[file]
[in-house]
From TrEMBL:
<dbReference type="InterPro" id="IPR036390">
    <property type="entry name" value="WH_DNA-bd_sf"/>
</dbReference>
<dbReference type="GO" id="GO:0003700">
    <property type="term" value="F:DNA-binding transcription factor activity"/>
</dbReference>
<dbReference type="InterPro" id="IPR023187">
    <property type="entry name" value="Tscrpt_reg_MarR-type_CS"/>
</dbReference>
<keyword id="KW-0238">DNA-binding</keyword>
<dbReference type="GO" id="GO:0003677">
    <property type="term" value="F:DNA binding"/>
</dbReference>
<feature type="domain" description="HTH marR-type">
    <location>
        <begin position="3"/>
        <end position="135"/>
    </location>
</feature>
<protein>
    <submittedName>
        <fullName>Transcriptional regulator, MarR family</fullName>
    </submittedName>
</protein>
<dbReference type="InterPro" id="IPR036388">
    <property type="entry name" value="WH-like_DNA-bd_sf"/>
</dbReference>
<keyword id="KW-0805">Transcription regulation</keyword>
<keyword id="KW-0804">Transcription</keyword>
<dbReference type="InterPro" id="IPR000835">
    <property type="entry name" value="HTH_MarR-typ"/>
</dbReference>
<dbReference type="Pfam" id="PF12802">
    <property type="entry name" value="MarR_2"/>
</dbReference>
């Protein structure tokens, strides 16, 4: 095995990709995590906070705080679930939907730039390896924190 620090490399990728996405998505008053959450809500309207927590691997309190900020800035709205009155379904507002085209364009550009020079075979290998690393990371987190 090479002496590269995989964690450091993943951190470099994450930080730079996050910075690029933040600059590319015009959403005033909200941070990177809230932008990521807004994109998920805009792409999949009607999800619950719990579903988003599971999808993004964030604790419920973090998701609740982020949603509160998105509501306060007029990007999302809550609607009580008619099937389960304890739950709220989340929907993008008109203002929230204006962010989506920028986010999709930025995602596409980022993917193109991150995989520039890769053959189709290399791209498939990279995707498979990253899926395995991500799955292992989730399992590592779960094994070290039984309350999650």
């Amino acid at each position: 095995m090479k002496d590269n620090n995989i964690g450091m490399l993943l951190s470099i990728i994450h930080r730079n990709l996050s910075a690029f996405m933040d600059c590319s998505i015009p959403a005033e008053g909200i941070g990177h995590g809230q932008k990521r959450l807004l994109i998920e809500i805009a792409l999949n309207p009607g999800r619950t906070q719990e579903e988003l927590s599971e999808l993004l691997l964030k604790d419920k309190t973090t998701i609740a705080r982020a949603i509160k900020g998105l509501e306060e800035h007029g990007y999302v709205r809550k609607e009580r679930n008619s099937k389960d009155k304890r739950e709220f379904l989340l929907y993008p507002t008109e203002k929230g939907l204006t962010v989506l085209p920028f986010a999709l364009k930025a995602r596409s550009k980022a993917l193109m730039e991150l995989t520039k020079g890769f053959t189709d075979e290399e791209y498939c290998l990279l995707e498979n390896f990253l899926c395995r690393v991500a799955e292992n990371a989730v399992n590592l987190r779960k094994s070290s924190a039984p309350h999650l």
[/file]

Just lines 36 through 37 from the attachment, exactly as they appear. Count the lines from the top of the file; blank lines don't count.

    <property type="entry name" value="MarR_2"/>
</dbReference>